[Editor’s note: Geraldine Richmond, the US Science Envoy to Southeast Asia, has over 40 years experience as a scientist, researcher and teacher. In a recent talk at the second annual Science and Engineer Festival in Cambodia, Richmond shared her experiences with high school students, encouraging them to take courses in science. This was Richmond’s third visit to Cambodia. In an interview with VOA Khmer, she said she has noticed a stronger commitment on the part of the government to better promote the learning of science, especially for young girls. Experts say Cambodia must do better in science, technology, engineering and math if it is to succeed in a more integrated region, where competition for jobs will be much stronger.]
What is your impression of the science field in Cambodia? How has it improved since your last visit?
Well, I don’t know that I have seen an improvement, because it’s all happened in the last year. But what I have seen is a true commitment to science education in Cambodia, from the highest level, and the appreciation that it is a new day for Cambodia. So I am very optimistic about what I see, that the young people have decided that they are in a technical field, science, engineering, as well as the increased number of teachers that are committed to being up to date on what they teach.
You run an organization, called COACH, for women scientists and engineers. Why do you encourage women to study in this field?
I believe that the best science and best discovery comes when you have many voices during creation and during discovery. And if we only have men doing science, we won’t have a creative product. So we have many examples where a product was created by men that didn’t work for women. We have to make sure that women are in the creative process also. I think it is really important.
For a developing country like Cambodia that doesn’t have many people studying science, how do you encourage women to do so?
I think the most important thing, even when I was young, was it gets you a job. I believe the reason you get education is so you can get a job. And there are many job opportunities if you are skilled in a technical field. In many countries we know that a family cannot exist with only one income, on just a man income, that you actually often need two incomes. And so by women also being trained, it allows them to provide for their family. I also think that women tend to be very hard working, particularly in Cambodia. Some of the best students in science and engineering are women. So we’ve got to make sure that they can have a productive career while they also have children. Because we don’t want to make them think that they can’t have children if they take on a science career. It is very important for Cambodia to encourage women to do science and to figure out ways that they can have children and have a science career also.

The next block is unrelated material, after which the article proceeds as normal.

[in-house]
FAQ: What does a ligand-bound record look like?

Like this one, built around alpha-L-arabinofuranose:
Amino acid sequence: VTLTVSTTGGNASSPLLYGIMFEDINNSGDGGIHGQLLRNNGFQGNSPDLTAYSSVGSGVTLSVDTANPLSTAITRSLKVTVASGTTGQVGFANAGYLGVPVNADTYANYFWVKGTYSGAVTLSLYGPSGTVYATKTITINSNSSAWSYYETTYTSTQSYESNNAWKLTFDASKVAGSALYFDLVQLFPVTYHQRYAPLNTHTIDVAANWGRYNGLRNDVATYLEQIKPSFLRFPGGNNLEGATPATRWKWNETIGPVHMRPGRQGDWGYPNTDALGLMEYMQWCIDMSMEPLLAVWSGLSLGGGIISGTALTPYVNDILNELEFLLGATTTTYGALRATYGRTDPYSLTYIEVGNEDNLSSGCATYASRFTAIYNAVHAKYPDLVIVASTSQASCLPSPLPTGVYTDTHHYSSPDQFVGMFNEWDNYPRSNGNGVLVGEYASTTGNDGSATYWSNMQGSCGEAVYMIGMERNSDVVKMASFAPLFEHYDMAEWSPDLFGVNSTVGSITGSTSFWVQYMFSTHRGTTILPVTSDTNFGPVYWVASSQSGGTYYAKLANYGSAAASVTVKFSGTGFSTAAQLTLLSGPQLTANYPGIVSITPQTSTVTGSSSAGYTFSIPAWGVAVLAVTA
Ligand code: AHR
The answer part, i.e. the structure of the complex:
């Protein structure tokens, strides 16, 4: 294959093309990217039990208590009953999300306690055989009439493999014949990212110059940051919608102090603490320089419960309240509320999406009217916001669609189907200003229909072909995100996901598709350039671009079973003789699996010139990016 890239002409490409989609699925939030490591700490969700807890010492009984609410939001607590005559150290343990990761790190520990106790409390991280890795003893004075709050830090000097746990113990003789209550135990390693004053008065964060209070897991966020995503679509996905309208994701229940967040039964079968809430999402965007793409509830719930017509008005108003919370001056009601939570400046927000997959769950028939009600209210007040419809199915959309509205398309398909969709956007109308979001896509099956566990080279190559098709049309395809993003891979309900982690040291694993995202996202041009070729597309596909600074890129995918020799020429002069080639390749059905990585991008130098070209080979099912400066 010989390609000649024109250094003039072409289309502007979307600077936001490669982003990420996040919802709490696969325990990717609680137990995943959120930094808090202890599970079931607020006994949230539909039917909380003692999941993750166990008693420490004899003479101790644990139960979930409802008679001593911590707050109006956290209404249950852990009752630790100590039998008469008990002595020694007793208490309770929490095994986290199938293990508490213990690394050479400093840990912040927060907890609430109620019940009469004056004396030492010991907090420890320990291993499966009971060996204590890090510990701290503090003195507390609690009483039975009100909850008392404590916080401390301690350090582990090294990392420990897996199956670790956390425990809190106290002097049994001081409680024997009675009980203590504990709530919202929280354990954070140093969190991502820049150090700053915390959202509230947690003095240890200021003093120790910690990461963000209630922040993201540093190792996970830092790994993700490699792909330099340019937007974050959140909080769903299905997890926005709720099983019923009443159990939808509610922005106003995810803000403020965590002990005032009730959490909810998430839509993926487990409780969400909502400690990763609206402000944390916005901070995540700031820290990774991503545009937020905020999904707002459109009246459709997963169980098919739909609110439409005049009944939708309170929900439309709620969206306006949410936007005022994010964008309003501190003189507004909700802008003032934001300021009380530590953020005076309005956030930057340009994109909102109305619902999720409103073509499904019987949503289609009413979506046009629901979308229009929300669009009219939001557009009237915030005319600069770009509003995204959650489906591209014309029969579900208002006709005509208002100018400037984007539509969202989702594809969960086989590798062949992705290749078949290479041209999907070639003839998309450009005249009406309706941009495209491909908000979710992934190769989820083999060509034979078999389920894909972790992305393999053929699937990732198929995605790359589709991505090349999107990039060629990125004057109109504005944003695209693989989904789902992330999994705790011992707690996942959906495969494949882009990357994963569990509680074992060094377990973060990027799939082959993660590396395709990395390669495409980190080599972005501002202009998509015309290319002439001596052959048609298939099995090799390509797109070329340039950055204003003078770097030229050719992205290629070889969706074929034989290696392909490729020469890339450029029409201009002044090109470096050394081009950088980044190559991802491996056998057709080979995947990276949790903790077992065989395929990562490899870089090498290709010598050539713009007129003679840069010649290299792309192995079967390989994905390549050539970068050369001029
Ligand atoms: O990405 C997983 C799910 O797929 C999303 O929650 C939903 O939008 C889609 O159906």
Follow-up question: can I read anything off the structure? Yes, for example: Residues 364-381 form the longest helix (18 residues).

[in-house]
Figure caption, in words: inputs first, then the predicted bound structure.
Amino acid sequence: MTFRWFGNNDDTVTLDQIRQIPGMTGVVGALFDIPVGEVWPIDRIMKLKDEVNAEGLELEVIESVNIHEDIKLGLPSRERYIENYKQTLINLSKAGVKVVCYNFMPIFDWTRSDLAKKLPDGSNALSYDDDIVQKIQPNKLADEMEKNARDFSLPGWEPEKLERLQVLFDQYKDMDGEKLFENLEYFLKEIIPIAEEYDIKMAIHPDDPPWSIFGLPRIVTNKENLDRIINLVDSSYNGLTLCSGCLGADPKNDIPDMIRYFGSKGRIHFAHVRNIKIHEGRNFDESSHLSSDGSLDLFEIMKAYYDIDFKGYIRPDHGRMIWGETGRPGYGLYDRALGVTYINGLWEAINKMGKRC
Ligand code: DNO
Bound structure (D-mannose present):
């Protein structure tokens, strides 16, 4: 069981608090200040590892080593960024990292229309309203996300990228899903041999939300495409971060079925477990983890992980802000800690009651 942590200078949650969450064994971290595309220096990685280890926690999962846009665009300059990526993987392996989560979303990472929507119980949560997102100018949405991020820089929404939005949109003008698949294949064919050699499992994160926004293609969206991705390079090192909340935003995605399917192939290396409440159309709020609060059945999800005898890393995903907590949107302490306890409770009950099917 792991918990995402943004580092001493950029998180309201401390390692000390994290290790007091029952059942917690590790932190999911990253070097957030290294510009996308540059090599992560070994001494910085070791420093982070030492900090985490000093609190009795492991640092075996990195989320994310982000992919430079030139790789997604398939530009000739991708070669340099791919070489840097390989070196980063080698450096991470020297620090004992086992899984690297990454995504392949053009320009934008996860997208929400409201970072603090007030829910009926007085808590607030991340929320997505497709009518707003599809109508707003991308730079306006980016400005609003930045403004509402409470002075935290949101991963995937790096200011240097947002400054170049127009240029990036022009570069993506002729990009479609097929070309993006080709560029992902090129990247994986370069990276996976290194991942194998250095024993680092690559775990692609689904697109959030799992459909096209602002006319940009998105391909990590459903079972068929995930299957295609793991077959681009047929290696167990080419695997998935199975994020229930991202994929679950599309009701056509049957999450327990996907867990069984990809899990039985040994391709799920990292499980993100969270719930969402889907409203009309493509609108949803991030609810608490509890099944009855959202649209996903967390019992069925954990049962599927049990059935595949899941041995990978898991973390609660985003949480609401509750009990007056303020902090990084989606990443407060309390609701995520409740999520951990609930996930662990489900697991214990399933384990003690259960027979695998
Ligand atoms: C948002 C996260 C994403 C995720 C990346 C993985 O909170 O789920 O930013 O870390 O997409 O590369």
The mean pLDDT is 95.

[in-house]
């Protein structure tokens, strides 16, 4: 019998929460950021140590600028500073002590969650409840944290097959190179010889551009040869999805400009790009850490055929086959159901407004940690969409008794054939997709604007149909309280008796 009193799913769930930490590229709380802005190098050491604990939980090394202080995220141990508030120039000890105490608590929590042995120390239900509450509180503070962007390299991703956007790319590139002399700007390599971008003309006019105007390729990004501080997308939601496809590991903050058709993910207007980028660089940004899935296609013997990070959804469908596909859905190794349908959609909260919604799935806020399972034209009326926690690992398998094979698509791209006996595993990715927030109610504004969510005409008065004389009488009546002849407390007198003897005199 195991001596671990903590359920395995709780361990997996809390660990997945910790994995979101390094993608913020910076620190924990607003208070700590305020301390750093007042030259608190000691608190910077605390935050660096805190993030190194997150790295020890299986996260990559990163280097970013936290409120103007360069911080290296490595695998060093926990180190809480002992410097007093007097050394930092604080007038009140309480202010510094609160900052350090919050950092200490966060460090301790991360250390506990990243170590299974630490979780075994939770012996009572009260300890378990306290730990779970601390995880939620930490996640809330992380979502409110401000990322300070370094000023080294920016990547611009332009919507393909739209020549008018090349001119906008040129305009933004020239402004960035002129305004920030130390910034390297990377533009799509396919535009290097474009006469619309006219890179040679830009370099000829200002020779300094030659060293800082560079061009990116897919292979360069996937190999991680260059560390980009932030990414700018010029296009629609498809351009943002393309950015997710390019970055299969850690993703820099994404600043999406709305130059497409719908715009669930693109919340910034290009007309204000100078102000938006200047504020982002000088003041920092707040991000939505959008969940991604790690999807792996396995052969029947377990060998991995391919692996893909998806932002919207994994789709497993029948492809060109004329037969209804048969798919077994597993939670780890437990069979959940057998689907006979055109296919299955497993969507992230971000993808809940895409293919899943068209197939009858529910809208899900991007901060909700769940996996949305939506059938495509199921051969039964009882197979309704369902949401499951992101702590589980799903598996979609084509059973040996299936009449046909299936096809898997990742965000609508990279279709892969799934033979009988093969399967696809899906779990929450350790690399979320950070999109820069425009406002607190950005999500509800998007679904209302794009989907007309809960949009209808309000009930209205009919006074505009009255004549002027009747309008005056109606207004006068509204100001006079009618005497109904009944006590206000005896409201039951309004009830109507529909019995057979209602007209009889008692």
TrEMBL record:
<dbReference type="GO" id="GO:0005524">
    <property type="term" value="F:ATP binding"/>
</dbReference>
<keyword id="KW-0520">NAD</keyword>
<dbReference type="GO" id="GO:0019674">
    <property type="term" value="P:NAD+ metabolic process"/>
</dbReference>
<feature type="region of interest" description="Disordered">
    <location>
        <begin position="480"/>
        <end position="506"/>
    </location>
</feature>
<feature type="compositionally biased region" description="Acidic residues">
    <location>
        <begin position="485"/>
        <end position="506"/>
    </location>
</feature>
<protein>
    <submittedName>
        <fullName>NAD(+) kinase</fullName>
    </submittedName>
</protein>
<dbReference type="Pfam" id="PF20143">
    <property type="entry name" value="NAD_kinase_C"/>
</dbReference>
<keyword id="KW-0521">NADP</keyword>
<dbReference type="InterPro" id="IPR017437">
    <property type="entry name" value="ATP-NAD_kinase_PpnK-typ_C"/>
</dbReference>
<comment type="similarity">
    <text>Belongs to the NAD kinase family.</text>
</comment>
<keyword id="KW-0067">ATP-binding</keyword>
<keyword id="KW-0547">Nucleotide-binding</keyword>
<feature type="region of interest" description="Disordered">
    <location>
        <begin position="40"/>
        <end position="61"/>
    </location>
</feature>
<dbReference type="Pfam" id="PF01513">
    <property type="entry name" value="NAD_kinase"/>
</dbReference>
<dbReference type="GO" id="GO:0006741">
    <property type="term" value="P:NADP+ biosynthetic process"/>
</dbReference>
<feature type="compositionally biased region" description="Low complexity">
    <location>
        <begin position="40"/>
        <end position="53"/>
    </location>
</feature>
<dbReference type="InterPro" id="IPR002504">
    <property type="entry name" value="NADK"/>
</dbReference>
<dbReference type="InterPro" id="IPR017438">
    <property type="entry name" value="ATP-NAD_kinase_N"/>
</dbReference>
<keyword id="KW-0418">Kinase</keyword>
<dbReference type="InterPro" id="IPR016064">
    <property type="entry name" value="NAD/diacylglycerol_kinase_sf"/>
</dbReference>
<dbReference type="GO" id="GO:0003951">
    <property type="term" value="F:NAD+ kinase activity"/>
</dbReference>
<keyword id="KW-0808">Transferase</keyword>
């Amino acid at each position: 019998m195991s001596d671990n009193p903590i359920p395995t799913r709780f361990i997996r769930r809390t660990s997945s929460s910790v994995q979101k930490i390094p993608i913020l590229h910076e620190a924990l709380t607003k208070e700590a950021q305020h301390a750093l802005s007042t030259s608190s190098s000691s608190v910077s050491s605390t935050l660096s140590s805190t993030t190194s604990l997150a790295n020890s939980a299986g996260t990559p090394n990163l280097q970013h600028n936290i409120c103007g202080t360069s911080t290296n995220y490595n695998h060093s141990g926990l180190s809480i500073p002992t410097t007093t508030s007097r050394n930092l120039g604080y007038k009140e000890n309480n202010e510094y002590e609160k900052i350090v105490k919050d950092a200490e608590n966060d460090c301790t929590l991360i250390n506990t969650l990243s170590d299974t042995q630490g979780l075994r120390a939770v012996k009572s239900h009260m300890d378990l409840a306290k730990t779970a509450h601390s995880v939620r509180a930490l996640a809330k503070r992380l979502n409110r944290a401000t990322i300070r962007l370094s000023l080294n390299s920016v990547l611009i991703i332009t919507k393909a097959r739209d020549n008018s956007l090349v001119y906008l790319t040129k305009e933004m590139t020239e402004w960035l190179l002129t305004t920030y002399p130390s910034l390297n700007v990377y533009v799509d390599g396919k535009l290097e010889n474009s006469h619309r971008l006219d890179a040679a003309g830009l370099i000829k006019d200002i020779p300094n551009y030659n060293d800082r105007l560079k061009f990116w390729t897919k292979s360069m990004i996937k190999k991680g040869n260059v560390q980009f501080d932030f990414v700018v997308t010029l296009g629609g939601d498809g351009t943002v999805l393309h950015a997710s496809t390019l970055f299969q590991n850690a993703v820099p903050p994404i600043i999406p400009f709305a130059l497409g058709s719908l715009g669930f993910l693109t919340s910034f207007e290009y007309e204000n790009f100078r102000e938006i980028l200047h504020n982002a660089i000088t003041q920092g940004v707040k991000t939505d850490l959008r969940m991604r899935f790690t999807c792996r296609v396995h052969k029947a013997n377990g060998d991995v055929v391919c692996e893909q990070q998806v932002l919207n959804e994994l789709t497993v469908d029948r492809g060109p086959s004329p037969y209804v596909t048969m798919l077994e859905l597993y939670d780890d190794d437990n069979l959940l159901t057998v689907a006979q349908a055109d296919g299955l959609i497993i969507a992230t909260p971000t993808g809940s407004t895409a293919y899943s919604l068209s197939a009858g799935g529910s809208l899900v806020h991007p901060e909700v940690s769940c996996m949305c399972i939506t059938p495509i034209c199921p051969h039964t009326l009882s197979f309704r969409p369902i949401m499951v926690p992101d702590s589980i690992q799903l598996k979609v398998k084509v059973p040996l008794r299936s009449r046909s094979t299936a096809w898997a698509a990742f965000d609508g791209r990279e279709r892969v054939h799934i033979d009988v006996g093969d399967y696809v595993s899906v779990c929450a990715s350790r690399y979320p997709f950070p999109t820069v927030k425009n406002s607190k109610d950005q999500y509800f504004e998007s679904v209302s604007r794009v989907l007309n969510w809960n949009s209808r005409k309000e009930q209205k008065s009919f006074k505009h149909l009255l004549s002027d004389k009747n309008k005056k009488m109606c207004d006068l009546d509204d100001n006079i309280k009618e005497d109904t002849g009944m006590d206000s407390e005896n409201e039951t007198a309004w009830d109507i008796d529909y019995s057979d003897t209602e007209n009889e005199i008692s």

There are many students from developing countries who go to study these subjects abroad and work there because there are not many job availabilities in their country. How do you encourage them to come back?
You know what happened to a number of countries, from my perspective, that have been at one point at the same place as Cambodia, is that those people left but they have also wanted to come back. So they come back maybe 10 or 15 years later. But even more important, there is a term called diaspora. And that is people that go, for example, Cambodians go to the United States, and get trained, and then stay in the United States and work. And those are the communities in the United States that we are trying to get to help. In Cambodia, they don’t have to go back and get a job, but to come back and help train, to come back and help in policy decisions, to provide advice. And so even if they stay in the United States, there are many that want to stay connected. What the United States is trying to do is to couple with the diaspora to help them go back and help their country. That may not mean that they are employed there, but maybe they are able to start up a company in Cambodia. You know they maybe already have a start-up company in the United States, so they can expand in Cambodia. So there is a whole new model for how you use science and how you get employed these days because you can start a company in your country. I think that is an exciting model that wasn’t there before.
You have mentioned in your talk that “Cambodia is in the time of change.” What is your suggestion to make sure that we are moving on the right direction?
Well I think the most important for Cambodia is to commit to strong science teaching, what we call K through 12, the primary and secondary schools. And I think right now there are some examples of that, where schools are good in science and engineering. But there aren’t enough. And being able to train teachers to feel comfortable teaching science and engineering, I think that is most important. That is number one. And number two is the university level. The government has to allow their faculty to do research and teach. And right now many of the faculties at the universities, they are so busy teaching that they can’t do research. And yet research is how we actually train the next generation of scientists. And we also make discoveries. So in many countries in this region, the governments say we are going to have a faculty make these inventions. But if they don’t have the time because they are so busy teaching, it’s very hard. So I would like to see the aspiration match the reality. And decide who are your really good teacher and faculty and allow them to keep time to teach other teachers, and to also do discovery. So it may mean moving around some of the priorities at the universities and at schools.